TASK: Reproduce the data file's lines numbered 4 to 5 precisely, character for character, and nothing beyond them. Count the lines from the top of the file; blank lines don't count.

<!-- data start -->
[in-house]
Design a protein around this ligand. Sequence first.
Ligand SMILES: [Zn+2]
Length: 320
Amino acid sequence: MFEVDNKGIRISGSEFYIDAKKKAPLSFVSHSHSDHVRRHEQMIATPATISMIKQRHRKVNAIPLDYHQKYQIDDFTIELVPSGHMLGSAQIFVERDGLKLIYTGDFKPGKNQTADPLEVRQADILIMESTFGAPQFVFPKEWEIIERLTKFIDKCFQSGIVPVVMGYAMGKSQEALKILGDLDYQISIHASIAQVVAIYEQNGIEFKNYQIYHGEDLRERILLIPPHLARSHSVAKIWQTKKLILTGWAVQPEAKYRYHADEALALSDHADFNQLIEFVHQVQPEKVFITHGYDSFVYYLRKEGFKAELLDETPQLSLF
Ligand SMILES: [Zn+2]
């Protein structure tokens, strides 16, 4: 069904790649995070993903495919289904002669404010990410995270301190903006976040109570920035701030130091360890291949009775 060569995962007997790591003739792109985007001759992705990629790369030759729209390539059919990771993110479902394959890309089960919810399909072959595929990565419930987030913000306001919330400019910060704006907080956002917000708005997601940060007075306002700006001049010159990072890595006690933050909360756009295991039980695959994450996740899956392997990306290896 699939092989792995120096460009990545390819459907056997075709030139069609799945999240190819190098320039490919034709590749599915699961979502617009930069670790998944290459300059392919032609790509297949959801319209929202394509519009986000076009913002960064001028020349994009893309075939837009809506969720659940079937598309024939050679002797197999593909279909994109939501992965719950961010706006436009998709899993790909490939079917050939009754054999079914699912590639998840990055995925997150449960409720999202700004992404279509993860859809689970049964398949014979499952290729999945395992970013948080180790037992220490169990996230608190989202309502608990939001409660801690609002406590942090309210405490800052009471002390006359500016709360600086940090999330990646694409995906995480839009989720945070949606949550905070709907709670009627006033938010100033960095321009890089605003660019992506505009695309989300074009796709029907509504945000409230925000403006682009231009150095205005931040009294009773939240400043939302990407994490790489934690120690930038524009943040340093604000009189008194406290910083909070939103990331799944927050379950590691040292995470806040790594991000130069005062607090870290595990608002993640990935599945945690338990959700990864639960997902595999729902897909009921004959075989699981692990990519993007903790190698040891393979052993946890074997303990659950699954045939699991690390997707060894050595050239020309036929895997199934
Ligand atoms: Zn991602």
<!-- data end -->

Length: 320
Amino acid sequence: MFEVDNKGIRISGSEFYIDAKKKAPLSFVSHSHSDHVRRHEQMIATPATISMIKQRHRKVNAIPLDYHQKYQIDDFTIELVPSGHMLGSAQIFVERDGLKLIYTGDFKPGKNQTADPLEVRQADILIMESTFGAPQFVFPKEWEIIERLTKFIDKCFQSGIVPVVMGYAMGKSQEALKILGDLDYQISIHASIAQVVAIYEQNGIEFKNYQIYHGEDLRERILLIPPHLARSHSVAKIWQTKKLILTGWAVQPEAKYRYHADEALALSDHADFNQLIEFVHQVQPEKVFITHGYDSFVYYLRKEGFKAELLDETPQLSLF